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For the Pesarattu/ green lentil pancakes
Pesarattu (Andhra)
(This recipe makes 10-12 pesarattu)

1 cup whole moong dal with skin/ chhilke waali moong dal
2-3 green chillies
2 inch piece of ginger
Salt to taste
1 tbsp rice flour (optional)
1 onion, chopped fine
A few cashew nuts, chopped coarse
Some fresh coriander
Ghee/clarified butter to cook the pesarattu (may use oil)
1

Chop the ginger and green chilles into large chunks and soak them with the dal in enough water for 4-5 hours.
2
Rinse and blend into a thick paste. Do not throw the water used to soak. Add as required while grinding. Do not add too much. We need a thick batter. Some rice flour may be used if the batter is difficult to work with.
3
Add salt just before making the pesarattu.
Heat a heavy griddle. Sprikle water and wipe. Immediately, spread a ladle of the batter like a dosa. Drizzle some ghee around and in the centre.
Spread a little thick for sofe pesarattu and really thin for crisp ones.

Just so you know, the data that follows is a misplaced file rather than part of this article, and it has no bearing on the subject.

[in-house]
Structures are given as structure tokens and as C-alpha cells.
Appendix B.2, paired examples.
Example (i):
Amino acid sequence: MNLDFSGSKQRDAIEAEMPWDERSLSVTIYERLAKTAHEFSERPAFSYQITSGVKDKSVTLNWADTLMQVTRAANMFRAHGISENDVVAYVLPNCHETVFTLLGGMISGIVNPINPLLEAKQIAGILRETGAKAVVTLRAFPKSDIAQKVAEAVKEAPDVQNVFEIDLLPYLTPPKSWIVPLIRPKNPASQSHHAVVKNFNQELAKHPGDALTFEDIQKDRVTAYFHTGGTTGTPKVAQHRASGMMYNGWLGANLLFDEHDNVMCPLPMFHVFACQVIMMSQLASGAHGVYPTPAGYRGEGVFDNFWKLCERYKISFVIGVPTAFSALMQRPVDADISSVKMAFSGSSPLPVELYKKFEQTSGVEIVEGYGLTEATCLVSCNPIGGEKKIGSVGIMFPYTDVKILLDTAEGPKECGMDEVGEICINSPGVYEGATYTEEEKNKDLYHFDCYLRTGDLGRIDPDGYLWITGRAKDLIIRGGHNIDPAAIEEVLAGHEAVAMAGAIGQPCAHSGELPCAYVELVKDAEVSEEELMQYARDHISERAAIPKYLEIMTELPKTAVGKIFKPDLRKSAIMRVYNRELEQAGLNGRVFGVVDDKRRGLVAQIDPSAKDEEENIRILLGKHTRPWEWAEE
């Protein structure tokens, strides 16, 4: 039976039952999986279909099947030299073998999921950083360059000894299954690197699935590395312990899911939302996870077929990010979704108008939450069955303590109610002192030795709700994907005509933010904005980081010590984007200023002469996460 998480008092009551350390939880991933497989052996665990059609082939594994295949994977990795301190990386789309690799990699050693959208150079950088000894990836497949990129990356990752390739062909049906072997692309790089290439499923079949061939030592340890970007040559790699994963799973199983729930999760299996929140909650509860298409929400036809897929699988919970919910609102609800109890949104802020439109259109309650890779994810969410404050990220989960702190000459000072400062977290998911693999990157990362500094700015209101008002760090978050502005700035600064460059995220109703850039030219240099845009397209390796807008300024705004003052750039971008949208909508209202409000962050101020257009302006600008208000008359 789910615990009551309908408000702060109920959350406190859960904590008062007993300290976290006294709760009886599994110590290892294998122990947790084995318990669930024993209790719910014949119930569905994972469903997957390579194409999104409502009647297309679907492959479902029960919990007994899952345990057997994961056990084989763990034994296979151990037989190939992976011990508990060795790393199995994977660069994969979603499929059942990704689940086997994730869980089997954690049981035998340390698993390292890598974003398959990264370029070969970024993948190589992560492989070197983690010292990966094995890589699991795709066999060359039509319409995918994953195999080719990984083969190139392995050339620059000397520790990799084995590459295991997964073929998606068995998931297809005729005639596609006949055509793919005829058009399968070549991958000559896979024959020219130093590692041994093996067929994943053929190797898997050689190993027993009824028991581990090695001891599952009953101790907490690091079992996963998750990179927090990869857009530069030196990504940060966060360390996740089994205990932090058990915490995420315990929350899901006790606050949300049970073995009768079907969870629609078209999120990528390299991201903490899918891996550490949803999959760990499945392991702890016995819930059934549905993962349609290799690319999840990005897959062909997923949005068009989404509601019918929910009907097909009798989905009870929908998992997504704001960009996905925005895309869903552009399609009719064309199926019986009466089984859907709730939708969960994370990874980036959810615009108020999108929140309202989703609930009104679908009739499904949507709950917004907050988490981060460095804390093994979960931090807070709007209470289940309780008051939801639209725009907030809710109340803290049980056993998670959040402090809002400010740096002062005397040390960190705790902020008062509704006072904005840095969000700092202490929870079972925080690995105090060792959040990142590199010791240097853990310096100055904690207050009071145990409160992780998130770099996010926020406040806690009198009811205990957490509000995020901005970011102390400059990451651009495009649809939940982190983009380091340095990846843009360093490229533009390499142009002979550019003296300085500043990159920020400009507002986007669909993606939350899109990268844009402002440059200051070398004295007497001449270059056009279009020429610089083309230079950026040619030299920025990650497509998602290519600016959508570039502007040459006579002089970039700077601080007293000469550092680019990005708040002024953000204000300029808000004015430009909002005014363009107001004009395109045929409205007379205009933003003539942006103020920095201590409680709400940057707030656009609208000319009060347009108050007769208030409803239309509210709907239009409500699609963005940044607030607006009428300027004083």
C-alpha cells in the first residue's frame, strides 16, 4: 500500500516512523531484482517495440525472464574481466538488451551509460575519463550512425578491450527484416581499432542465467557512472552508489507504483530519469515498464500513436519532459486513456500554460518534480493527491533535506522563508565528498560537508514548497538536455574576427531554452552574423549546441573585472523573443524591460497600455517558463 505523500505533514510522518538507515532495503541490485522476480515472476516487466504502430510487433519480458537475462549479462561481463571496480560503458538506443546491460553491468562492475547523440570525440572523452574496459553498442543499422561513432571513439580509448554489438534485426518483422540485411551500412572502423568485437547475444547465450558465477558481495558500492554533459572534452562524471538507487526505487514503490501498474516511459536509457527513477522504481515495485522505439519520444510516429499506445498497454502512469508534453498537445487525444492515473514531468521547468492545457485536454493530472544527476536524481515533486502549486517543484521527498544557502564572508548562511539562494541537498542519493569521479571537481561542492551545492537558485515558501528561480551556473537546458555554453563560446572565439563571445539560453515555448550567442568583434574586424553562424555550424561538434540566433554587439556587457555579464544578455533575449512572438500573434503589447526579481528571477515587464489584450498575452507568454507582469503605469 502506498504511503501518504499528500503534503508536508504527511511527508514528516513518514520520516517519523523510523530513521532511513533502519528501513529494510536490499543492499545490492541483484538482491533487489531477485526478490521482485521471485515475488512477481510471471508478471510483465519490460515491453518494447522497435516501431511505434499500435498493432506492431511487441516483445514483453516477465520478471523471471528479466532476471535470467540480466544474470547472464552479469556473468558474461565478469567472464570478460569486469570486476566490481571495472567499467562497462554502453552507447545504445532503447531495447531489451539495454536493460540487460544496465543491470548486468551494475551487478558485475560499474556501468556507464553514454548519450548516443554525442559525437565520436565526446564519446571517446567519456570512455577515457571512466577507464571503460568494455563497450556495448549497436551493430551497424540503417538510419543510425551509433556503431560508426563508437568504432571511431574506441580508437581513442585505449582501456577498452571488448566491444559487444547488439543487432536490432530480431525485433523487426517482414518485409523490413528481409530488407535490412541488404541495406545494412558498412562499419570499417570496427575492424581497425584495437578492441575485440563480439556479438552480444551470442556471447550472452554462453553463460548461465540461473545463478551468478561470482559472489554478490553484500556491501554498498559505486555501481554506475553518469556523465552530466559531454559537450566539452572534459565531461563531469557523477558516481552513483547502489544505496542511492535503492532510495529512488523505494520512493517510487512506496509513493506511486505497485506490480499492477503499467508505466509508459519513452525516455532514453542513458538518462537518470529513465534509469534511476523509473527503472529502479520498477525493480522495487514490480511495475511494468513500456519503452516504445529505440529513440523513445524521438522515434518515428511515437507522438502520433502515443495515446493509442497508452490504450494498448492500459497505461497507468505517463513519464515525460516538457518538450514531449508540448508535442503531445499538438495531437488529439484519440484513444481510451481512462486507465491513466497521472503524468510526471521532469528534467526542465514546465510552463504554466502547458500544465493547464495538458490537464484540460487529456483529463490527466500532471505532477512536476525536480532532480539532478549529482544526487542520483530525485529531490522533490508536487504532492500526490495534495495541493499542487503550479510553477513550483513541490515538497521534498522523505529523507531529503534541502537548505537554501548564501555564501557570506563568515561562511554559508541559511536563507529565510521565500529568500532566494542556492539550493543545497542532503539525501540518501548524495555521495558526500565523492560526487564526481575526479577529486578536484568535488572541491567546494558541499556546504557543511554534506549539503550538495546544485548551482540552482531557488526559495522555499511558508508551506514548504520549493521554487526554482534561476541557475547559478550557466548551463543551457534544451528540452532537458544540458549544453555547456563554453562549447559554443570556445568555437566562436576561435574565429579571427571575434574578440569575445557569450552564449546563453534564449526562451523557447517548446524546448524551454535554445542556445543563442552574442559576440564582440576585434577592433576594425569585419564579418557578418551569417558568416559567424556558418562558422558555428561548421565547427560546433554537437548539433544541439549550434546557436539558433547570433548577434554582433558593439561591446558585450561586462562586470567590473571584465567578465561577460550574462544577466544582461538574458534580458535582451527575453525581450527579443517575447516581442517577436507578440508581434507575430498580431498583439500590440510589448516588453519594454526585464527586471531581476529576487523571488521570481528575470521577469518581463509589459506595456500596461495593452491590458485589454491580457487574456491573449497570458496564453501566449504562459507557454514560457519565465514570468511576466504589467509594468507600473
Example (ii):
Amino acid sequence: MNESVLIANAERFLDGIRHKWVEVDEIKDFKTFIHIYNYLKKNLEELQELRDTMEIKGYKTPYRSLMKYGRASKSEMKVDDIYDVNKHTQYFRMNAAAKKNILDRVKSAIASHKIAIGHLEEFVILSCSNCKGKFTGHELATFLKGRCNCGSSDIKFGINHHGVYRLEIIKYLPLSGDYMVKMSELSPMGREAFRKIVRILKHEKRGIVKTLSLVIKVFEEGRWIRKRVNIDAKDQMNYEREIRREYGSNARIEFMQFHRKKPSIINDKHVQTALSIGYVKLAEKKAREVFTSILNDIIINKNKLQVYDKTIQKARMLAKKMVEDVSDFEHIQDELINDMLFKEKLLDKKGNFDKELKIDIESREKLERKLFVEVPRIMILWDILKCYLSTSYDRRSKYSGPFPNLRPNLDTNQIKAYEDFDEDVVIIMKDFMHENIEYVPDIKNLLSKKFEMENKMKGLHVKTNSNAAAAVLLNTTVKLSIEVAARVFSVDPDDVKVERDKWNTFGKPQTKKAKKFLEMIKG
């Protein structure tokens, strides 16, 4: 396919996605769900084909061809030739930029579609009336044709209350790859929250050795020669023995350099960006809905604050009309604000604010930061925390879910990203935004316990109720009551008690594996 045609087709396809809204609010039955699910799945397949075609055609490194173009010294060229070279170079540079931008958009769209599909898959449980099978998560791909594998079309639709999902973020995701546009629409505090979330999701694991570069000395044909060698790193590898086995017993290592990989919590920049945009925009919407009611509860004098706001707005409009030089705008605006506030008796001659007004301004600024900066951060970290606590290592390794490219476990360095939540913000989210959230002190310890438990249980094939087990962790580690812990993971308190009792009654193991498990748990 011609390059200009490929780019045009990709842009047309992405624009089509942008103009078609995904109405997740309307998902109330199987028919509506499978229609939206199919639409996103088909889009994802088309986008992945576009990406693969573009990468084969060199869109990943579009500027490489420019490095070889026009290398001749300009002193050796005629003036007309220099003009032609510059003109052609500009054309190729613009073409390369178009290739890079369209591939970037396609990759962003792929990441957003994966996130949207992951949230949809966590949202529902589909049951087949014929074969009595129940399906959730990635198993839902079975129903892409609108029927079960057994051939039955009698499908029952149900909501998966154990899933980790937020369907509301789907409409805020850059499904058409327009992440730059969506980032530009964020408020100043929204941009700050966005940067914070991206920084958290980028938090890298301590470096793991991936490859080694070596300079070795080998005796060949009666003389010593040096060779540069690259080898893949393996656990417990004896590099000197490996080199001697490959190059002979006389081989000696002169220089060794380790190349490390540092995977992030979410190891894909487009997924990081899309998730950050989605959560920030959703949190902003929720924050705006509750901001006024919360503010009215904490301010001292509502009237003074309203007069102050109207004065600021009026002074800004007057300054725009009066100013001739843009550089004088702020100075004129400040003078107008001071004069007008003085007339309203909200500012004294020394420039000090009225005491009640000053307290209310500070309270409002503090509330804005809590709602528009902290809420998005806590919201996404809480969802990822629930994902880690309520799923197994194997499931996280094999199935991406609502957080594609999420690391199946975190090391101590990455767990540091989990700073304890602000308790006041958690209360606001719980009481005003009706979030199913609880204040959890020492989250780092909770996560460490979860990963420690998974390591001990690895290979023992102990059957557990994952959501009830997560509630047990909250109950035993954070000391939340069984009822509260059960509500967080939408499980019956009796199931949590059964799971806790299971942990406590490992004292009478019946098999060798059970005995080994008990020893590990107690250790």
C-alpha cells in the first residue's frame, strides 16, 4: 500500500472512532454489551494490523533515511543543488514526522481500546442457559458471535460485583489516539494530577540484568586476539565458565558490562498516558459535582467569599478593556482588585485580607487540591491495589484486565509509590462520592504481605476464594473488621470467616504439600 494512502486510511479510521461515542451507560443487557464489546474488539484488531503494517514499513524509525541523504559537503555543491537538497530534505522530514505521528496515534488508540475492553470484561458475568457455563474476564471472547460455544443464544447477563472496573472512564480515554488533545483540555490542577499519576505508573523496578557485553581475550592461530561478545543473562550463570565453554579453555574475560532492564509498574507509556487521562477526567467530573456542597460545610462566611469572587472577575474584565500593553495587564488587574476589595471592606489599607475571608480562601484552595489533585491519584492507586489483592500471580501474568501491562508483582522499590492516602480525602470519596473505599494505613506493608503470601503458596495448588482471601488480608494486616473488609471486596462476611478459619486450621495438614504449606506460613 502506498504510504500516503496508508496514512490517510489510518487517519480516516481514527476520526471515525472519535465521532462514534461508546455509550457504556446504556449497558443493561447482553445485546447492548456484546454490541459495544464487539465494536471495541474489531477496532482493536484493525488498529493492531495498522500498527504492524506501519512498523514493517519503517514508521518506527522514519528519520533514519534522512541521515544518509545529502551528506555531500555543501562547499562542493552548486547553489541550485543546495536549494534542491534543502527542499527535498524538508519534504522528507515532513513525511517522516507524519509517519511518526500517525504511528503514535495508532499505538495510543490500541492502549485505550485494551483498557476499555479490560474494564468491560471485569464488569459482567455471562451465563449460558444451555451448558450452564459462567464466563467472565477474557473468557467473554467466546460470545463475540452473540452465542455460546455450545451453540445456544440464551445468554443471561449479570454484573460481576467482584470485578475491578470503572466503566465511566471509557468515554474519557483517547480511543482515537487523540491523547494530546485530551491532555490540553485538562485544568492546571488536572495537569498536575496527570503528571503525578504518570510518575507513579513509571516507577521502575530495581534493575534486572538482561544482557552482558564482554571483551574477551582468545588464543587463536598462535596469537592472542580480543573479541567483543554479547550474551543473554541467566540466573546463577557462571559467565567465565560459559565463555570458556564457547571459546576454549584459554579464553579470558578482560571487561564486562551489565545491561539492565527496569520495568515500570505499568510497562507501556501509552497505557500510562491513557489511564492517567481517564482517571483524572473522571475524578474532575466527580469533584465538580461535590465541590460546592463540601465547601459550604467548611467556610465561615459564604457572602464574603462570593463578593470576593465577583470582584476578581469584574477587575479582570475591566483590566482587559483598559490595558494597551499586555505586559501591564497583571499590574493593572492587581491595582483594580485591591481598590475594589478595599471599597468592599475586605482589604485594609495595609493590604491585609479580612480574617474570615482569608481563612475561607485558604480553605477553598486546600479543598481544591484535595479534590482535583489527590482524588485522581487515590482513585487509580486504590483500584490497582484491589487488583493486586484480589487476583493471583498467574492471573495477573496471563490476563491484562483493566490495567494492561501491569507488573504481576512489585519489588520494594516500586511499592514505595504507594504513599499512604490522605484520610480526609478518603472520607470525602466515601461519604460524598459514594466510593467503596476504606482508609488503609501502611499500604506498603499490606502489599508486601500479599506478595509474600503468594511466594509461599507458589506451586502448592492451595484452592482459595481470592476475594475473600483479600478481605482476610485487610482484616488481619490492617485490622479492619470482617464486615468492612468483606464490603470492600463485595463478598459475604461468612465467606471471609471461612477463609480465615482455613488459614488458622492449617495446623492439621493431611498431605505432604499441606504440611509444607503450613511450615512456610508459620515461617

4

Lower the flame and cook till done. If required, flip and cook the other side.
6On top of it sprinkle the onions, cashews and coriander.
7Spread two tablespoons of upma ( Find recipe here) inside the pancake  and serve hot with the tangy garlic chutney.
8

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For the Ginger Tamarind Chutney /Allam Pachadi
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(Makes ¼ cup chutney)

This tangy spicy chutney is a tease! You cannot stop licking it off the bowl. It is that yum!!  😀

2 Tbsp tamarind pulp ( take a lemon sized ball of tamrind, soaked in 1 cup of water and strain it)
1 2×2 inch block of jaggery/gud, crushed to small pieces
3 Tbsp grated ginger
Salt to taste
½ tsp red chilli powder ( or more if you want it hotter)
1 tsp oil
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Soak the jaggery in tamarind pulp for 2 hours.
After the mixture has been soaking for 2 hours, heat the oil and  sauté  the ginger in it. Add salt and chilli powder, stir for a few seconds and remove.
IMG_7904Cool and add the sautéed ginger to the tamrind jaggery mixture.
Soak for another 2 hours to imbibe all the juices and the flavours to come together.
IMG_7905Blitz the mixture and cook on the gas on low heat for about 40 minutes to an hour to get a sticky spicy delicious ginger tamarind chutney! Yum 😀 :DBe careful. If you don’t stop ‘tasting’, you might have none left to serve with the pesarattu. Works well with dosas too.